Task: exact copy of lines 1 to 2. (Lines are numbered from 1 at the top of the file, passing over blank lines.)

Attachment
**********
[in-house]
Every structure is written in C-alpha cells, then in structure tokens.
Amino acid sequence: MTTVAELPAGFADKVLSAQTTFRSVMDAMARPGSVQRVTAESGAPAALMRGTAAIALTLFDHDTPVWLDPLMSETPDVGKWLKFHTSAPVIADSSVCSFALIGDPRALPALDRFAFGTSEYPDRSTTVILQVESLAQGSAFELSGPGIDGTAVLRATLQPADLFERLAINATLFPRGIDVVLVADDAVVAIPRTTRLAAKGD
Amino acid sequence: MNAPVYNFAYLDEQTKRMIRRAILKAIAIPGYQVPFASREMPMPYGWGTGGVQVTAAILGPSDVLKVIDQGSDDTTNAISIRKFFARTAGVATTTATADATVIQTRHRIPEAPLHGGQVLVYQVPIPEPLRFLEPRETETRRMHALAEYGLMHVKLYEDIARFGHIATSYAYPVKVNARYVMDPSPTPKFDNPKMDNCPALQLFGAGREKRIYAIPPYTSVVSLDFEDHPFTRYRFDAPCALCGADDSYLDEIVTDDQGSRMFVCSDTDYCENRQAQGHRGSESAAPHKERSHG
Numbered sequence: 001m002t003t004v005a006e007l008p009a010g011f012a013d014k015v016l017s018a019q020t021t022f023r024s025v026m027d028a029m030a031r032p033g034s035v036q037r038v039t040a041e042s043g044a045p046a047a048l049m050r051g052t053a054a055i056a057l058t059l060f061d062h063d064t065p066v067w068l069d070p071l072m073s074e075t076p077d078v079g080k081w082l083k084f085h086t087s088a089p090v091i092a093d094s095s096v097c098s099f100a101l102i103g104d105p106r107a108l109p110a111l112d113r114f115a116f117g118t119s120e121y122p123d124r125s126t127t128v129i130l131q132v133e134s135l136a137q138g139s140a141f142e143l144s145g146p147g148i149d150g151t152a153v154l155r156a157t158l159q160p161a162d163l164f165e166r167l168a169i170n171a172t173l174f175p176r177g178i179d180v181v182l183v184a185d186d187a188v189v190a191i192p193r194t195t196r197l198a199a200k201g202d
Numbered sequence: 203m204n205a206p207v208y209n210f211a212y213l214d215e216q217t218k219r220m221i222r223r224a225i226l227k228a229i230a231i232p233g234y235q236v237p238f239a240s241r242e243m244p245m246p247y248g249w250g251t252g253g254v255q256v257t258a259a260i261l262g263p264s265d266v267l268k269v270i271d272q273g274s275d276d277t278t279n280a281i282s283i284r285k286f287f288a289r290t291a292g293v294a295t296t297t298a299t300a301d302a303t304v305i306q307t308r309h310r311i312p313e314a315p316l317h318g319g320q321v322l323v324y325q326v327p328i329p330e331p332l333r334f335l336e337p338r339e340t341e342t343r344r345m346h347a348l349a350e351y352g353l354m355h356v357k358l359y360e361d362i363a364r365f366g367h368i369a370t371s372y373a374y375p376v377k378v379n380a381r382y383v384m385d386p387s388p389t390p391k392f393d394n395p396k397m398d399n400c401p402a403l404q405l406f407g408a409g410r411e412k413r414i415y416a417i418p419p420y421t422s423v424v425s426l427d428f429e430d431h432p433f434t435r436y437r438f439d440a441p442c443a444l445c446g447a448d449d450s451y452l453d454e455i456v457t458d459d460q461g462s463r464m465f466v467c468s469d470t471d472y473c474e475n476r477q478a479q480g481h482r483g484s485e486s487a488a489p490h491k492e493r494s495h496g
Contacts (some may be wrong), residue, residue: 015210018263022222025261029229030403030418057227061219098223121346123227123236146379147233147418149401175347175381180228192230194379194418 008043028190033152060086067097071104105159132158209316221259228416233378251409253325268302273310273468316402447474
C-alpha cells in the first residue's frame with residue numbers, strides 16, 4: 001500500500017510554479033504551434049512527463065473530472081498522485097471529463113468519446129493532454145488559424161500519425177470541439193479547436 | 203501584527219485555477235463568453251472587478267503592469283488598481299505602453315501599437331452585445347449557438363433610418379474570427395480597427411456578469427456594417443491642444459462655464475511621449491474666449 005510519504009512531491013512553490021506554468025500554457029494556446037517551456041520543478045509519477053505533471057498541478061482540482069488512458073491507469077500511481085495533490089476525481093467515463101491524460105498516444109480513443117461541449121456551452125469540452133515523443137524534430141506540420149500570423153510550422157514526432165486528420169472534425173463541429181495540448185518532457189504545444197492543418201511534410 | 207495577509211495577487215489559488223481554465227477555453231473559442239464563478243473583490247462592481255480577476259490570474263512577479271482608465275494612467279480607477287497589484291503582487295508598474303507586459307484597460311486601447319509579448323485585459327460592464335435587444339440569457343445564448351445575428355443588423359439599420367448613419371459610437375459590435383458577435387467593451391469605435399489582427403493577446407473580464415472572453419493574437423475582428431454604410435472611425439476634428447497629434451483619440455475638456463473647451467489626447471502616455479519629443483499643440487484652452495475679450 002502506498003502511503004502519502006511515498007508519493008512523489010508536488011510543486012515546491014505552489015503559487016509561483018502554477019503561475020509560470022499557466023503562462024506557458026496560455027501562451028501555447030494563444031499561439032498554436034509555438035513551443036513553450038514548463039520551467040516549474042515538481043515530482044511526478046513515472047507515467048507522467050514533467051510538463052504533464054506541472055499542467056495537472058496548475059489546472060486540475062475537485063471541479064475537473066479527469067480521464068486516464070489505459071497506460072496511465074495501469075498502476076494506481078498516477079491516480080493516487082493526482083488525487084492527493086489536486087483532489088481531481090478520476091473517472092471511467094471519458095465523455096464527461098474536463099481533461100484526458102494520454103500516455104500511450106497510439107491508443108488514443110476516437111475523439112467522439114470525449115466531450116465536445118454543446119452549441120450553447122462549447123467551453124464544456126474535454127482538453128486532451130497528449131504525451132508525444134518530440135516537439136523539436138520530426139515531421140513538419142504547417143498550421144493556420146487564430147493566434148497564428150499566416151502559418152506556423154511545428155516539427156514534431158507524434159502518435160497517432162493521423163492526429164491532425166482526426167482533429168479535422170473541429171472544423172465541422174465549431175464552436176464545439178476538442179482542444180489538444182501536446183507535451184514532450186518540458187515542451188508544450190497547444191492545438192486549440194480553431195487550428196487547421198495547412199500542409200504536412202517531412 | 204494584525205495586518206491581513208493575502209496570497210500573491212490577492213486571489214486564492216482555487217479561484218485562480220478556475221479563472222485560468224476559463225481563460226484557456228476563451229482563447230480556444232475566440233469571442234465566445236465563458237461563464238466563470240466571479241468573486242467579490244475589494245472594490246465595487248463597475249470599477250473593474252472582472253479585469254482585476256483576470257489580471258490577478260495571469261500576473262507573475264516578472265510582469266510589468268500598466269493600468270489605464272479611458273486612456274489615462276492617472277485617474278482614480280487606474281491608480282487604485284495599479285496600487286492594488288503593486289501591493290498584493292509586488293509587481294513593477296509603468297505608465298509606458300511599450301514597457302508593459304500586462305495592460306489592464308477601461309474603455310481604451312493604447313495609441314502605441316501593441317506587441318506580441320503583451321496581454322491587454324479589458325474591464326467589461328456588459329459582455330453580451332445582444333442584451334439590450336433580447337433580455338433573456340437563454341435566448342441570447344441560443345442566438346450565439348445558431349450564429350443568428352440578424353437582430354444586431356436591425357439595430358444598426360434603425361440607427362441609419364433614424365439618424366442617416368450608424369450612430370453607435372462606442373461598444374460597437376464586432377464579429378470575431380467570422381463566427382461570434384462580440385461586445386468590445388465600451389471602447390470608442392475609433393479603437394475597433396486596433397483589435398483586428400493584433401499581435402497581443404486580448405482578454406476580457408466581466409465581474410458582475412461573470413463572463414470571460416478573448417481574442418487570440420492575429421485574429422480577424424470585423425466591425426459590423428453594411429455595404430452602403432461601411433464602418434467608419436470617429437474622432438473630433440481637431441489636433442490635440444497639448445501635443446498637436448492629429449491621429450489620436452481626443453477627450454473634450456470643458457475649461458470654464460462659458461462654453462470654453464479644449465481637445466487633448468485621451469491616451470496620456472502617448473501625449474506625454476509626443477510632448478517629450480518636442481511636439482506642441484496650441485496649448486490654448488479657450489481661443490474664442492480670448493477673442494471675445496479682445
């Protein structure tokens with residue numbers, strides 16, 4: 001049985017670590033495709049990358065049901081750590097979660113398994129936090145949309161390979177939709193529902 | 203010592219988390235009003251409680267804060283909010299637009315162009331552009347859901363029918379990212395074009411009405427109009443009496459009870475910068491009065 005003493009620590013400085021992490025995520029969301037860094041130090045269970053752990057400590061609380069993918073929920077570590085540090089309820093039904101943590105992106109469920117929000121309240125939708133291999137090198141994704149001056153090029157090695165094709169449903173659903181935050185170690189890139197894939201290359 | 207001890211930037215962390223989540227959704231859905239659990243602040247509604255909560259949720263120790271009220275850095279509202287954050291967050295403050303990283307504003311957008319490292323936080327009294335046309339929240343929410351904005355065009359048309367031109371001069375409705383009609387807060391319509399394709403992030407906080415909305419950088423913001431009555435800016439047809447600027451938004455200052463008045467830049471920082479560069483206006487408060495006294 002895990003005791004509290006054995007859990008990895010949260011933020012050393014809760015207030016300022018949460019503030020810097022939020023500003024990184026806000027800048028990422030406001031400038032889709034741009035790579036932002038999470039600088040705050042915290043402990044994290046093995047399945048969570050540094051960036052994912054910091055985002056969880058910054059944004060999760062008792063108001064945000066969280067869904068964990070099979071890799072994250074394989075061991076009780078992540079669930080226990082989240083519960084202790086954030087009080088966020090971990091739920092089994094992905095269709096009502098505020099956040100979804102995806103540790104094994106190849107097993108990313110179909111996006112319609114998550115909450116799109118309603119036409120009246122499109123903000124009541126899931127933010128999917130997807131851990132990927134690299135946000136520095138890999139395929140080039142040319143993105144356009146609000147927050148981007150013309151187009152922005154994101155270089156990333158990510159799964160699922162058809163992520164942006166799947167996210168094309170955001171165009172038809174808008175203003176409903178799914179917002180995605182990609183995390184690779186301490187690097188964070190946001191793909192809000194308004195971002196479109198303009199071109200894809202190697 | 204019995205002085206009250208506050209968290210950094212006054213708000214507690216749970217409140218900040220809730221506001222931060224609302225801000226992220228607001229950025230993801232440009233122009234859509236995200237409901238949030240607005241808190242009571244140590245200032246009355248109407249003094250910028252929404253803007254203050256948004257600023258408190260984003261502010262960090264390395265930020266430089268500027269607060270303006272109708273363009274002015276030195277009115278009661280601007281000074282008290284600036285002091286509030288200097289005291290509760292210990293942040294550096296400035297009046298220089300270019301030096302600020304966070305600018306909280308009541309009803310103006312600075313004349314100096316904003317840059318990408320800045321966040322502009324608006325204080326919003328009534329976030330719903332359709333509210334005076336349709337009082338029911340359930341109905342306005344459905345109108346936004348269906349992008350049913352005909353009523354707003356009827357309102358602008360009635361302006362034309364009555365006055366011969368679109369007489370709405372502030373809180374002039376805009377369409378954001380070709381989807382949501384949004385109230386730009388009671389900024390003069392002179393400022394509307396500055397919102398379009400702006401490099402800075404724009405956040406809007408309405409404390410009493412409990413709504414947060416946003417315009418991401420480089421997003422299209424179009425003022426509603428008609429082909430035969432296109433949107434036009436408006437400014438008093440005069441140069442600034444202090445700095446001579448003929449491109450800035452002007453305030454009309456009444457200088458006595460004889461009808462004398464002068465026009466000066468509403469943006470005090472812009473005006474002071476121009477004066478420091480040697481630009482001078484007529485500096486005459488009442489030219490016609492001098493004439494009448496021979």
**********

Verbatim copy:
[in-house]
Every structure is written in C-alpha cells, then in structure tokens.